Your job as a procurement professional is critical to keeping your organization's supply chain capable of providing service and products to customers because the supply chain has been exposed as the key vulnerability in COVID-19 pandemic.
For some reason, the toilet paper supply chain took a big hit! :-)
All organizations are affected by the supply chain to include small businesses, large corporations, for-profit, non-profits, and government agencies required to meet needs despite the situation. (An unlikely essential supply chain link for families is the small restaurants providing carry out for people who cannot get to the store for food. Make sure you support these small businesses, so they survive the current situation. My friendly community service announcement for the day ;-) ).
This series of articles are being written to help you stay productive while working in an environment that may not be your normal situation.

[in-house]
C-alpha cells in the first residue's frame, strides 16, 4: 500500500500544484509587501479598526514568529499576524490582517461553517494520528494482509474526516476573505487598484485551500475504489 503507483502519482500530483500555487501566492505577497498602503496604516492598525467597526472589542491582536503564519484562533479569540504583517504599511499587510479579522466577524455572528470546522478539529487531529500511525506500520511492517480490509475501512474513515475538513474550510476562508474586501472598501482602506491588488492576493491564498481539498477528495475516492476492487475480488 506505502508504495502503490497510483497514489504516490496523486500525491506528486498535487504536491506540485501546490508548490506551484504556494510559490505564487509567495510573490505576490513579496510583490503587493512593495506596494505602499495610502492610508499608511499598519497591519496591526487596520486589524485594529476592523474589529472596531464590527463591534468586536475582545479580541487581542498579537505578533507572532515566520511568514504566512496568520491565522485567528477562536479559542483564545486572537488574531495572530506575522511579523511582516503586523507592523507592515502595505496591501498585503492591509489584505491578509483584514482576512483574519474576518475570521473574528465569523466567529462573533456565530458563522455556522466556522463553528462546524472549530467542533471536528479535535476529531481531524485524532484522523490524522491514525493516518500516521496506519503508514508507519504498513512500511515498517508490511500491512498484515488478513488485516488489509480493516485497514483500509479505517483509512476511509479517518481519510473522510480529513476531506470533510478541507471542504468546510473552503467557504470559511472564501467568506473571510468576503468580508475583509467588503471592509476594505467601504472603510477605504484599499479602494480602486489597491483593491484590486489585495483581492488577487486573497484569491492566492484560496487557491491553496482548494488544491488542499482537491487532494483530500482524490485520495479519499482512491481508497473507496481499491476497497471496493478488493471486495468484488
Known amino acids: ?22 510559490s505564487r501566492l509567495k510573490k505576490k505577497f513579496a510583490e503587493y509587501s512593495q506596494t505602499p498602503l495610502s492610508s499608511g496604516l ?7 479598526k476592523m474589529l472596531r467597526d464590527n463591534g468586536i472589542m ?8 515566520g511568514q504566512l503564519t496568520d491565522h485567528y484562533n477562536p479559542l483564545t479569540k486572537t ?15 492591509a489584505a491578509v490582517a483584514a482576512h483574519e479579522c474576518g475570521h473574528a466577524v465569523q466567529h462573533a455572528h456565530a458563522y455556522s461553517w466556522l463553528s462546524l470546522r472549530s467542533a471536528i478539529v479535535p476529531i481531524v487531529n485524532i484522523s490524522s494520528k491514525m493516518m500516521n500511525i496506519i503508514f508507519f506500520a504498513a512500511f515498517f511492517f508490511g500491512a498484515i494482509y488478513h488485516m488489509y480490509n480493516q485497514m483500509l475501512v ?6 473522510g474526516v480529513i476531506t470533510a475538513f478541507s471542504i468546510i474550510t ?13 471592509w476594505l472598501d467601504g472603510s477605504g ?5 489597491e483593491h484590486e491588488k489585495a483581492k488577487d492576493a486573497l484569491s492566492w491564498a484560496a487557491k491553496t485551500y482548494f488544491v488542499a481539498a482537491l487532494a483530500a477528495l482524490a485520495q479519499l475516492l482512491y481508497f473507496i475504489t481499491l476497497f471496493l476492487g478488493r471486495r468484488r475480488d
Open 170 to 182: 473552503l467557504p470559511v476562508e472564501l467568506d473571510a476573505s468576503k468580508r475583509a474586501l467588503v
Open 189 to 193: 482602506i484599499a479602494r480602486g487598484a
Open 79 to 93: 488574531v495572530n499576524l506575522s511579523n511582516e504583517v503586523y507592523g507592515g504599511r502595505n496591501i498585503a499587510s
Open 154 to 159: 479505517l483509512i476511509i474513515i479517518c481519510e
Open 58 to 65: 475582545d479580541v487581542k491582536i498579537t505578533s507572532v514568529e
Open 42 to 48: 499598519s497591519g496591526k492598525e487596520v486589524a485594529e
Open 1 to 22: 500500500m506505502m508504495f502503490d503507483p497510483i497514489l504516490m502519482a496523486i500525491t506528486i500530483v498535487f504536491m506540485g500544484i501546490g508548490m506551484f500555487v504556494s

Working from home in a virtual environment requires discipline and focus, so you can get things done while avoiding distractions that stop you from being productive. The following discussion looks at how to improve your focus. For additional resources, visit https://cpsmtraining.com/maximize-procurement-productivity/.
To be the most productive while working in a virtual environment from home, we need to begin with you and your ability to focus. Being in your home, you have many distractions because this is your sanctuary, your safety, your family. So, don't feel bad because it's hard to focus. Instead, follow the suggestions in this article.
Let's get started...
Improve Your Focus
The most difficult thing to do when working from home is gaining and maintaining focus in a productive way. When you have to work long hours, you have many things to do, or you have a great deal on your mind, focus goes right out the window. We can safely assume you have a few things on your mind considering your job is the lifeline to your organization and your role at home is essential to your family, Right? So, Without the right focus, no matter how many hours you put in or how hard you work, things don't get done well or quickly.
This article will give you some suggestions to help you create a system for focusing on the right things.
Focus on Goals